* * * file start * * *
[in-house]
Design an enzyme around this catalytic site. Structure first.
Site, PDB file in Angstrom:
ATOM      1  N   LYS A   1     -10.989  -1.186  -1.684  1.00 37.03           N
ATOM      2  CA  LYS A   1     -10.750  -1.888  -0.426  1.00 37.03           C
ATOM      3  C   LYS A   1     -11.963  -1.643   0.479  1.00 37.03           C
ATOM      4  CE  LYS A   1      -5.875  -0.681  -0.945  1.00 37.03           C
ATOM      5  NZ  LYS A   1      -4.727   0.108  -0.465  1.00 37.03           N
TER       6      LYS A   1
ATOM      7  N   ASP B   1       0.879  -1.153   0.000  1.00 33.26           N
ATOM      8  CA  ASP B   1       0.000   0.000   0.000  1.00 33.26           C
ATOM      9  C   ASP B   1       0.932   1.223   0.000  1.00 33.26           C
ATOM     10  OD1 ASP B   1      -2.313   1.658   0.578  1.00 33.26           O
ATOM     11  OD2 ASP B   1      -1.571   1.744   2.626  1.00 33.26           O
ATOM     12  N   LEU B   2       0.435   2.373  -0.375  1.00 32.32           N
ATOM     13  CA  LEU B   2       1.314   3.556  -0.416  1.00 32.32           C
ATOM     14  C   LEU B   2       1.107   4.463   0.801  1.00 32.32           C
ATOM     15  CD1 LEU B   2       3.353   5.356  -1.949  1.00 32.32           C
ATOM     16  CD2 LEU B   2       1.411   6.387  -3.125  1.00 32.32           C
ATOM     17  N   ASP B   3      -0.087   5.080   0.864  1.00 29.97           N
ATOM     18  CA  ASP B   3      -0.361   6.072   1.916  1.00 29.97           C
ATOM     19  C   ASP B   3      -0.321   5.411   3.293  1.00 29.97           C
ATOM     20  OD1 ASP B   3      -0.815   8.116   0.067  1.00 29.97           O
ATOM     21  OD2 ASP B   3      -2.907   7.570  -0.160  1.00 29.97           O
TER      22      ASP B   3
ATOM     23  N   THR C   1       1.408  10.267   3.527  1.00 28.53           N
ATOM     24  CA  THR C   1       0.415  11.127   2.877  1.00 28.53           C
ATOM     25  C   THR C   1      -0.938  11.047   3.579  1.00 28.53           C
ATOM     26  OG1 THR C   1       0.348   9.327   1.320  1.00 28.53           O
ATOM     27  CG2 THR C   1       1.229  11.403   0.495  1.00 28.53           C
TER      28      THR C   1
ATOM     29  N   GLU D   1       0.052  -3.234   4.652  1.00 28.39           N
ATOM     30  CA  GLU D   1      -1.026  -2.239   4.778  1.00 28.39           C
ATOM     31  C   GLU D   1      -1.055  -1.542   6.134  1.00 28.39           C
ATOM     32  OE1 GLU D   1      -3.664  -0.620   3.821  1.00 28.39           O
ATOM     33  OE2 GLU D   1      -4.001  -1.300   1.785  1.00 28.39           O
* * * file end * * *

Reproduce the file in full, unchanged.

[in-house]
Design an enzyme around this catalytic site. Structure first.
Site, PDB file in Angstrom:
ATOM      1  N   LYS A   1     -10.989  -1.186  -1.684  1.00 37.03           N
ATOM      2  CA  LYS A   1     -10.750  -1.888  -0.426  1.00 37.03           C
ATOM      3  C   LYS A   1     -11.963  -1.643   0.479  1.00 37.03           C
ATOM      4  CE  LYS A   1      -5.875  -0.681  -0.945  1.00 37.03           C
ATOM      5  NZ  LYS A   1      -4.727   0.108  -0.465  1.00 37.03           N
TER       6      LYS A   1
ATOM      7  N   ASP B   1       0.879  -1.153   0.000  1.00 33.26           N
ATOM      8  CA  ASP B   1       0.000   0.000   0.000  1.00 33.26           C
ATOM      9  C   ASP B   1       0.932   1.223   0.000  1.00 33.26           C
ATOM     10  OD1 ASP B   1      -2.313   1.658   0.578  1.00 33.26           O
ATOM     11  OD2 ASP B   1      -1.571   1.744   2.626  1.00 33.26           O
ATOM     12  N   LEU B   2       0.435   2.373  -0.375  1.00 32.32           N
ATOM     13  CA  LEU B   2       1.314   3.556  -0.416  1.00 32.32           C
ATOM     14  C   LEU B   2       1.107   4.463   0.801  1.00 32.32           C
ATOM     15  CD1 LEU B   2       3.353   5.356  -1.949  1.00 32.32           C
ATOM     16  CD2 LEU B   2       1.411   6.387  -3.125  1.00 32.32           C
ATOM     17  N   ASP B   3      -0.087   5.080   0.864  1.00 29.97           N
ATOM     18  CA  ASP B   3      -0.361   6.072   1.916  1.00 29.97           C
ATOM     19  C   ASP B   3      -0.321   5.411   3.293  1.00 29.97           C
ATOM     20  OD1 ASP B   3      -0.815   8.116   0.067  1.00 29.97           O
ATOM     21  OD2 ASP B   3      -2.907   7.570  -0.160  1.00 29.97           O
TER      22      ASP B   3
ATOM     23  N   THR C   1       1.408  10.267   3.527  1.00 28.53           N
ATOM     24  CA  THR C   1       0.415  11.127   2.877  1.00 28.53           C
ATOM     25  C   THR C   1      -0.938  11.047   3.579  1.00 28.53           C
ATOM     26  OG1 THR C   1       0.348   9.327   1.320  1.00 28.53           O
ATOM     27  CG2 THR C   1       1.229  11.403   0.495  1.00 28.53           C
TER      28      THR C   1
ATOM     29  N   GLU D   1       0.052  -3.234   4.652  1.00 28.39           N
ATOM     30  CA  GLU D   1      -1.026  -2.239   4.778  1.00 28.39           C
ATOM     31  C   GLU D   1      -1.055  -1.542   6.134  1.00 28.39           C
ATOM     32  OE1 GLU D   1      -3.664  -0.620   3.821  1.00 28.39           O
ATOM     33  OE2 GLU D   1      -4.001  -1.300   1.785  1.00 28.39           O